D10S1423 identifies a susceptibility locus for Alzheimer's disease (AD7) in a prospective, longitudinal, double-blind study of asymptomatic individuals: results at 14 years.Am J Med Genet B Neuropsychiatr Genet. 2010 Mar 05; 153B(2):359-364.AJ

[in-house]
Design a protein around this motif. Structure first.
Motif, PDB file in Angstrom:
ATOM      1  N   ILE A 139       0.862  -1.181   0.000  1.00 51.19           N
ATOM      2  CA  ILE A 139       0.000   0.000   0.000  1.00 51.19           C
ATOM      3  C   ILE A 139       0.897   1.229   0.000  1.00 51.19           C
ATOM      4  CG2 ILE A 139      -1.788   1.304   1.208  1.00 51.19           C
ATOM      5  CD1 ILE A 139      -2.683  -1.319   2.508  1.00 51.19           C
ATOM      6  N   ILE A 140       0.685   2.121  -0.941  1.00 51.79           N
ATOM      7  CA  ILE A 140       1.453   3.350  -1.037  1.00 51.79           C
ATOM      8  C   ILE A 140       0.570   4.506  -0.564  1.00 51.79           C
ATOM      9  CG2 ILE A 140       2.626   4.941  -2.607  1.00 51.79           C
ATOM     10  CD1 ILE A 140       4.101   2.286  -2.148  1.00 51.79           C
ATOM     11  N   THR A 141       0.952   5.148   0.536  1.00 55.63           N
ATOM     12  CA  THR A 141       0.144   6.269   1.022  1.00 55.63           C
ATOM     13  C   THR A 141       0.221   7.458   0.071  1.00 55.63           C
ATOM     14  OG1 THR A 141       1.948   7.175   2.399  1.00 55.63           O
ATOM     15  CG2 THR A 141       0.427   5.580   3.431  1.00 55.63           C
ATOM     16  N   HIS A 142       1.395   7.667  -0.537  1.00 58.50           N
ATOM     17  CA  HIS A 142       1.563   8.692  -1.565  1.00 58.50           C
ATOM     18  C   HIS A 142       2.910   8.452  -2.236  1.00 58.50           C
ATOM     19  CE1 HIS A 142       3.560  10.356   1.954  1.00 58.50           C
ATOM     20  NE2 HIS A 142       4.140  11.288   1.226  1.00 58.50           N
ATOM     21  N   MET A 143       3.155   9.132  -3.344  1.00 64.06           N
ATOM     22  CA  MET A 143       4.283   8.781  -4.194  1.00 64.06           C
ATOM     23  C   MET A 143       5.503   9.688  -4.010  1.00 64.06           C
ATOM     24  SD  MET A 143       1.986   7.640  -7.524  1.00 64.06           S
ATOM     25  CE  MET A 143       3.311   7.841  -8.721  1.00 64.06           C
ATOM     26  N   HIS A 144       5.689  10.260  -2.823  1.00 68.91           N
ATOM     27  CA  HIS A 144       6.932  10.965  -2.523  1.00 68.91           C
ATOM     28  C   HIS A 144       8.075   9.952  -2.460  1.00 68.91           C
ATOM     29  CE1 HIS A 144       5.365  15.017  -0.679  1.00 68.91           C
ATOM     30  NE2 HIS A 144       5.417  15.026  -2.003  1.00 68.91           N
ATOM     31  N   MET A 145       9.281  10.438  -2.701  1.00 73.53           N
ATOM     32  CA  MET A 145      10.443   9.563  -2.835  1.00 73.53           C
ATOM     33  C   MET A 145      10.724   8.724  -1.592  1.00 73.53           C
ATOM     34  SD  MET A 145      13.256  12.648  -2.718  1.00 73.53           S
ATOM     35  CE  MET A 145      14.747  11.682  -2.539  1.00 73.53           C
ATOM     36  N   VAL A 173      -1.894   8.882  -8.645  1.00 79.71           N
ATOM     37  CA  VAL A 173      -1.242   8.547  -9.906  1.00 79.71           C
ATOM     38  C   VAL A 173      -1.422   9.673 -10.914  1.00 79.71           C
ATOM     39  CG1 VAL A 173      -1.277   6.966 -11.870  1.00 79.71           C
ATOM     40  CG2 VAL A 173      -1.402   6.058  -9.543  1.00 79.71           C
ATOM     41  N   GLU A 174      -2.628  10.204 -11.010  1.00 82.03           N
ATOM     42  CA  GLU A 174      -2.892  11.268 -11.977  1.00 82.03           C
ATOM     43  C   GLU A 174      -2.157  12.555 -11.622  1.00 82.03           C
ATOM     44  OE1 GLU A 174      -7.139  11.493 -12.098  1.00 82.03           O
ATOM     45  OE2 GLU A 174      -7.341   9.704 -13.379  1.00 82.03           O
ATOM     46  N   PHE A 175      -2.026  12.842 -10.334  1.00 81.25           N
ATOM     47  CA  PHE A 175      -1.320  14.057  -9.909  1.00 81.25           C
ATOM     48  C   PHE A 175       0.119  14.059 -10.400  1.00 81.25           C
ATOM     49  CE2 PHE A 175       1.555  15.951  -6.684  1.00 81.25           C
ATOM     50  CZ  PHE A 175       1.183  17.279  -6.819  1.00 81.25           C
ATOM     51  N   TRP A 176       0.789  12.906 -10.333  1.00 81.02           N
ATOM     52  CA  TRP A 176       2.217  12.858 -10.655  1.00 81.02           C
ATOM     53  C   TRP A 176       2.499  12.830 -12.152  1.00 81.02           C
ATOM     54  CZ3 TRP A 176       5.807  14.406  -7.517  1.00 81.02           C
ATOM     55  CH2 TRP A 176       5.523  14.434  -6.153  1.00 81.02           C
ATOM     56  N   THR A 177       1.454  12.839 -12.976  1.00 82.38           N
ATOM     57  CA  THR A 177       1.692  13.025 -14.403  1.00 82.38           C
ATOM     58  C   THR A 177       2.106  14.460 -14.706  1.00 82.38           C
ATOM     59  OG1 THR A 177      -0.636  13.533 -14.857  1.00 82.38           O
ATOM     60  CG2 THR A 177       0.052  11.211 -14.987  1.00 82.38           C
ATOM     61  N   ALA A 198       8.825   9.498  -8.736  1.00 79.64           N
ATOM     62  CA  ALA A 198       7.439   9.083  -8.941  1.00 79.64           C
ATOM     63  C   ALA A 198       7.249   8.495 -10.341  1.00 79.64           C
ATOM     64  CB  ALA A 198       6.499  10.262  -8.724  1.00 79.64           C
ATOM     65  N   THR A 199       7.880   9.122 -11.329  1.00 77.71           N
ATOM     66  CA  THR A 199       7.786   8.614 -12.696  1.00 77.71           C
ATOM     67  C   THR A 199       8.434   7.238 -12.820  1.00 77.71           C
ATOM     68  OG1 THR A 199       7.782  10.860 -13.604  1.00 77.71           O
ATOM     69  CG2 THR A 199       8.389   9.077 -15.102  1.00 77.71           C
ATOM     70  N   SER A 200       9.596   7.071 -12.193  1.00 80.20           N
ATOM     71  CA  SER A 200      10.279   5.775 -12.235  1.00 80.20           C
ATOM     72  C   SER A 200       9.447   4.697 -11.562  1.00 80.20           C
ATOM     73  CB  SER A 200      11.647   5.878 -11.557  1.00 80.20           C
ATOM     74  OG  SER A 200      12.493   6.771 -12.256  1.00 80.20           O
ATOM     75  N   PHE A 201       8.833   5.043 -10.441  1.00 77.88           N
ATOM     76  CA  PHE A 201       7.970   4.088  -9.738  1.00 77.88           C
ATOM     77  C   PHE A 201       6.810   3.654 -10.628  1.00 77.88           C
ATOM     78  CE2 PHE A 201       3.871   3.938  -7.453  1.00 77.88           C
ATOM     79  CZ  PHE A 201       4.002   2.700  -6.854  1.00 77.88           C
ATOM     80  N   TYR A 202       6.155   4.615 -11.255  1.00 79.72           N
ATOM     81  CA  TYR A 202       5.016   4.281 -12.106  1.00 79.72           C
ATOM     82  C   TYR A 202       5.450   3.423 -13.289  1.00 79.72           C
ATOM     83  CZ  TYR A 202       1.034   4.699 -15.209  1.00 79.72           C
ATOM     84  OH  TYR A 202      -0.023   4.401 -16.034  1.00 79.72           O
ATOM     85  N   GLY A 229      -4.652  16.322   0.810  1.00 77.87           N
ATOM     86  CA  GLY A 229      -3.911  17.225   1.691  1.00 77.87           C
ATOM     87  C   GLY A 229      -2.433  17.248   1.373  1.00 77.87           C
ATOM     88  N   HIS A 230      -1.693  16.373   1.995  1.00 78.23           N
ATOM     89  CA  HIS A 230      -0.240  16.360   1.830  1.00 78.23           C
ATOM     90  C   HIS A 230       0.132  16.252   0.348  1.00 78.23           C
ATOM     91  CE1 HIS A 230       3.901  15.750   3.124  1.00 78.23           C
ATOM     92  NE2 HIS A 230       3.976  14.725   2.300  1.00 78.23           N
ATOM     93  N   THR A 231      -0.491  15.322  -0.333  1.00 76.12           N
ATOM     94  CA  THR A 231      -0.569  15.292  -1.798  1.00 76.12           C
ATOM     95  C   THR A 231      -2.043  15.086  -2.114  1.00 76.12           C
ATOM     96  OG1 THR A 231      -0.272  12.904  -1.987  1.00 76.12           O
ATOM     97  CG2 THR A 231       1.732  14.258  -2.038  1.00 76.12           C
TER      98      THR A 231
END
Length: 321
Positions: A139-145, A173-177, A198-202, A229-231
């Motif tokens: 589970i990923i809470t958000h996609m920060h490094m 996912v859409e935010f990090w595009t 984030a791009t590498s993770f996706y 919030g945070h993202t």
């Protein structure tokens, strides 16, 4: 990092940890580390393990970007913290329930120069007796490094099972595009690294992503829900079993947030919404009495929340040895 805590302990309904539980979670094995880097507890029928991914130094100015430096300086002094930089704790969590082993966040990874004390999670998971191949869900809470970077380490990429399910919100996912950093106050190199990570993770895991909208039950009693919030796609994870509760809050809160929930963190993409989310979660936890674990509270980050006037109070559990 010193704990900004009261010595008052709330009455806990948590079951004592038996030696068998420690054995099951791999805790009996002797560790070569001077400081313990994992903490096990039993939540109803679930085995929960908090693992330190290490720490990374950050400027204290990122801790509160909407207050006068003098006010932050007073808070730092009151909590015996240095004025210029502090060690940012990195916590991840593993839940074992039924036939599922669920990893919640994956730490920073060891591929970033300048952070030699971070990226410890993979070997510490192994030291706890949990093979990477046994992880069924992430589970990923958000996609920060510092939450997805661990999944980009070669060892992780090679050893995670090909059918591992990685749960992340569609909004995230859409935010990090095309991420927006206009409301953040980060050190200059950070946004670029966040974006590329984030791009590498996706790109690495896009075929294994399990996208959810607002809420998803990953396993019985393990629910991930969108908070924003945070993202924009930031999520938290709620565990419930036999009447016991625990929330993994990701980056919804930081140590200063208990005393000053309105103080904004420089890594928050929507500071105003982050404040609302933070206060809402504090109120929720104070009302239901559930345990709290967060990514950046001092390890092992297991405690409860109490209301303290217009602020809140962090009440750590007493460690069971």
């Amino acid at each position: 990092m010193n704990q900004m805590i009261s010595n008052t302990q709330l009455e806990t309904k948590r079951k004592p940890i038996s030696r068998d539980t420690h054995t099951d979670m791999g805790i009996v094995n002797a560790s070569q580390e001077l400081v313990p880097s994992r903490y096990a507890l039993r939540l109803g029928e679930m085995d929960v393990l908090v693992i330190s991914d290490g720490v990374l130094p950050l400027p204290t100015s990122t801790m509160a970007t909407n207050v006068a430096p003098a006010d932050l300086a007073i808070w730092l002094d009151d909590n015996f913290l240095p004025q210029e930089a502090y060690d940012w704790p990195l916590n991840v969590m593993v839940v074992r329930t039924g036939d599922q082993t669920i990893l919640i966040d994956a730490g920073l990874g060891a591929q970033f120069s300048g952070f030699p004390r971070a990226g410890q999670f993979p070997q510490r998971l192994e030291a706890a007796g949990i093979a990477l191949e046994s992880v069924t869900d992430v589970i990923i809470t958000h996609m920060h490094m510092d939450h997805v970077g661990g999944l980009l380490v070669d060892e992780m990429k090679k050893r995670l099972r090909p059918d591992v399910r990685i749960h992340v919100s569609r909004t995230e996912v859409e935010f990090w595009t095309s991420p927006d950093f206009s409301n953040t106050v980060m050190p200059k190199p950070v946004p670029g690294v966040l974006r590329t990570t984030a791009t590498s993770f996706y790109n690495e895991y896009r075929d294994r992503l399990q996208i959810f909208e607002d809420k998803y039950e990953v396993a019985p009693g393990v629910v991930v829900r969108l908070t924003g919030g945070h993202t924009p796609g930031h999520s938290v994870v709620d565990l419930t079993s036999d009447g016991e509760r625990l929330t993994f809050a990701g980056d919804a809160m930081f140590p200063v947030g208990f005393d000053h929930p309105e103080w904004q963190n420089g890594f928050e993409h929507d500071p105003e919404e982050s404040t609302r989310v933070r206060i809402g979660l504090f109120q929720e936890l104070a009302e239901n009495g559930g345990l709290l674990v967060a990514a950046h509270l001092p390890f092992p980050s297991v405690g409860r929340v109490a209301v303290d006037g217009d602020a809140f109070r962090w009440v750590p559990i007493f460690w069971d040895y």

Typical forms of Alzheimer's disease (AD) appear to be influenced by multiple susceptibility loci. This report describes the prospective, longitudinal, double-blind assessment of the age-specific risk of AD encountered by 325 asymptomatic first-degree relatives of AD probands who carried the D10S1423 (AD7) 234 bp allele, the APOE E4 allele, or both, after 14 years of systematic follow-up. A total of 30 incident cases of AD were detected during the first 3752 subject-years of surveillance. The effects of carrying either or both of the D10S1423 234 bp and APOE E4 alleles on the age-specific risk of developing AD were determined using Kaplan-Meier survival analysis. The risk of developing AD was the greatest for individuals who carried both alleles (Mantel-Cox statistic = 16.46, df = 3, P = 0.0009; Breslow statistic = 13.38, df = 3, P = 0.004). Cox proportional hazards models were developed to estimate the risk ratios for each genotype, controlling for the potential effects of age at recruitment, sex, and years of education. Only individuals who carried both risk alleles exhibited a risk ratio that differed significantly from 1 (risk ratio = 7.5, P = 0.002, 95% CI = 2.1-27.0). Neither age at recruitment, sex, nor years of education made significant contributions to the model, although women tended to be at greater risk (P = 0.06). Recent evidence that D10S1423 resides within open reading frame C10orf112, whose predicted product resembles a low-density lipoprotein receptor, suggests a molecular mechanism for this gene-gene interaction.